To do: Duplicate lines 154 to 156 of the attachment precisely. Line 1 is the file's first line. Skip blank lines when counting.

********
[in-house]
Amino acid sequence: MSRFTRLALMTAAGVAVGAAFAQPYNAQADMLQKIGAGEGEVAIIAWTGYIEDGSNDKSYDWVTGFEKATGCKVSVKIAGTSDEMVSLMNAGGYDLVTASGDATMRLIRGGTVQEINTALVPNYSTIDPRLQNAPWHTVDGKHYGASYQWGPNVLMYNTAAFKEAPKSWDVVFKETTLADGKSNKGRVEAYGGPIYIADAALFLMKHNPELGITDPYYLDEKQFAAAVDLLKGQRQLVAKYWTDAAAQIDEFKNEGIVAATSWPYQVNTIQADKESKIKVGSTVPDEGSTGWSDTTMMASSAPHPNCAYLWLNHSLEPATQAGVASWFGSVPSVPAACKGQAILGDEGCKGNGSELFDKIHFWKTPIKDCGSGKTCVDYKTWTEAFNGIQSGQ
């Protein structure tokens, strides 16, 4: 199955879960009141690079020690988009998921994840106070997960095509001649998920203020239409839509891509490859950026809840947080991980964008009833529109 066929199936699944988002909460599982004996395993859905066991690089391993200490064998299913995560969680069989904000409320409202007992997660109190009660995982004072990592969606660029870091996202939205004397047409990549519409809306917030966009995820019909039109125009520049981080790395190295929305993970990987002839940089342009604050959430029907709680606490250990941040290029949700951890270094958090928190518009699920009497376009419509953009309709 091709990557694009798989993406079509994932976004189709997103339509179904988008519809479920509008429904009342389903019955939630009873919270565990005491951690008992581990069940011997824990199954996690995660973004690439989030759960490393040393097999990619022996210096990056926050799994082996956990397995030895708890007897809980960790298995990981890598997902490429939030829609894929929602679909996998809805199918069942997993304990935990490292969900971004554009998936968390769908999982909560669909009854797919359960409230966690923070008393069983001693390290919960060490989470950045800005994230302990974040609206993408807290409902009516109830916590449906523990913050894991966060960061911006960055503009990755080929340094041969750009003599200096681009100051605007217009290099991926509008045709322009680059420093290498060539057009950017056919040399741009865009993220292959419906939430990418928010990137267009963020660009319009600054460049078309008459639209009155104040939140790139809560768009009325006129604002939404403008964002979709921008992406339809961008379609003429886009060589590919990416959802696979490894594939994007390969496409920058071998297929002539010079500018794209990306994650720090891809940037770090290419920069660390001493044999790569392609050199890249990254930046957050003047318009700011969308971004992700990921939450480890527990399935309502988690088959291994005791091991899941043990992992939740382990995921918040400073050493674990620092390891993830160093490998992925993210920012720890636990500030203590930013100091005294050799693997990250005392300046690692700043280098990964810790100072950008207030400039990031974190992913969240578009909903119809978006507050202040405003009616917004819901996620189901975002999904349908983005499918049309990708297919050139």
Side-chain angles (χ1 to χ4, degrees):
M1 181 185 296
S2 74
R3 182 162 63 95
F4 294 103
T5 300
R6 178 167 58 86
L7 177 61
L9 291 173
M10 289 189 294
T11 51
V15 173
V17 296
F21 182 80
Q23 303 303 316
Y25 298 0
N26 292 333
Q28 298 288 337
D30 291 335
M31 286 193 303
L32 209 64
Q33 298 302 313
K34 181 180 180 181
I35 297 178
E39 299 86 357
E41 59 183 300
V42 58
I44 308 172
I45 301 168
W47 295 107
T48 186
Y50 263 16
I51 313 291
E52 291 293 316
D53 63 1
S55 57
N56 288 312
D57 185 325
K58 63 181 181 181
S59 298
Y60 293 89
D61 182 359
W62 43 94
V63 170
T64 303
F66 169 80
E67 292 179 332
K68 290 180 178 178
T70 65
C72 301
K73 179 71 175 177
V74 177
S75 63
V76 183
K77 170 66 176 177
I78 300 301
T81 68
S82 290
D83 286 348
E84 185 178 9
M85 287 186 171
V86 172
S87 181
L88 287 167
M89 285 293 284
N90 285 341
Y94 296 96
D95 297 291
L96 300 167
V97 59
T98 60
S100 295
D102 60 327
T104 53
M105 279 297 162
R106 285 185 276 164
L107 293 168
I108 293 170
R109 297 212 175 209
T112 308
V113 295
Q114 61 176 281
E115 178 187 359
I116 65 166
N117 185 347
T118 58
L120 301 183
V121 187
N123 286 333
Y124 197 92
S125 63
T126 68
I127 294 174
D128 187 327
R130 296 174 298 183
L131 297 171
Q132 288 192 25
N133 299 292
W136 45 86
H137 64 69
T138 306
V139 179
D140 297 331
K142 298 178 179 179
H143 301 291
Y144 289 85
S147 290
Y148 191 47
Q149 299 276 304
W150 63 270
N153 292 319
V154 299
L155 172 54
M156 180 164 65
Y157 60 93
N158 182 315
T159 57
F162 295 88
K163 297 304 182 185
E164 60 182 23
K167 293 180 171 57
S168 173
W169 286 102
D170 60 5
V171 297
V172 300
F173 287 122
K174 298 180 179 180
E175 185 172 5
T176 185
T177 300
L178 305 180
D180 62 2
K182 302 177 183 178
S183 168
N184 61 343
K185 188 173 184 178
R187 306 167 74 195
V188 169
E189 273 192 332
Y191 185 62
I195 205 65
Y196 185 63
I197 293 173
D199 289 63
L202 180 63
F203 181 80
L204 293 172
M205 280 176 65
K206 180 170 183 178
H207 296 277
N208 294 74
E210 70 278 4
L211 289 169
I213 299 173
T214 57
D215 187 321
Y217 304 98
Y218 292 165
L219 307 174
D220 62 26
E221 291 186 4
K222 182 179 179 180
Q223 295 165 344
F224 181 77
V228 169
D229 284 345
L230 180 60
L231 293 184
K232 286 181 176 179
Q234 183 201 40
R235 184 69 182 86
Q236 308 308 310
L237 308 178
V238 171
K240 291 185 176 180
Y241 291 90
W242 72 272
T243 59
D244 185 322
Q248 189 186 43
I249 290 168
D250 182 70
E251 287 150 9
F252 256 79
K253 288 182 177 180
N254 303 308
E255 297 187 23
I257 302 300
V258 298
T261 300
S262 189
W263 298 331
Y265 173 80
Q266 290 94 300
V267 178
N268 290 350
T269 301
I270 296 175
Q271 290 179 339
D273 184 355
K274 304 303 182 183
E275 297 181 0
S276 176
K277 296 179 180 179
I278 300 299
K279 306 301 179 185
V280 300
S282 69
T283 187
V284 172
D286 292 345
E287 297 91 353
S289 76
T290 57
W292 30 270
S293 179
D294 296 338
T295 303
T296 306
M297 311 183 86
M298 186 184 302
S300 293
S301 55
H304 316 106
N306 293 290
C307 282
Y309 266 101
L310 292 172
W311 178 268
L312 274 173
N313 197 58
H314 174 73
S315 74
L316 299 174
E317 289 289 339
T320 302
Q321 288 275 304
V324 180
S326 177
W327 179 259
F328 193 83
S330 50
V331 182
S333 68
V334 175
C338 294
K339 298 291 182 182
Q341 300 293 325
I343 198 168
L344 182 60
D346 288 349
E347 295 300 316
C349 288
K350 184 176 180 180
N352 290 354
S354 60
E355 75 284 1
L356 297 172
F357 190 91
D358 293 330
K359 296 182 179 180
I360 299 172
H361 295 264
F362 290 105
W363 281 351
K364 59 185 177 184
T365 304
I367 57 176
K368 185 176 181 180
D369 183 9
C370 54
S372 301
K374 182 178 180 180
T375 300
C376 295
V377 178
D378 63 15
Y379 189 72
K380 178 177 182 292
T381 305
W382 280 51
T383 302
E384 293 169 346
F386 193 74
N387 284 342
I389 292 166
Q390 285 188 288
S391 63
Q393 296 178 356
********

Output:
H207 296 277
N208 294 74
E210 70 278 4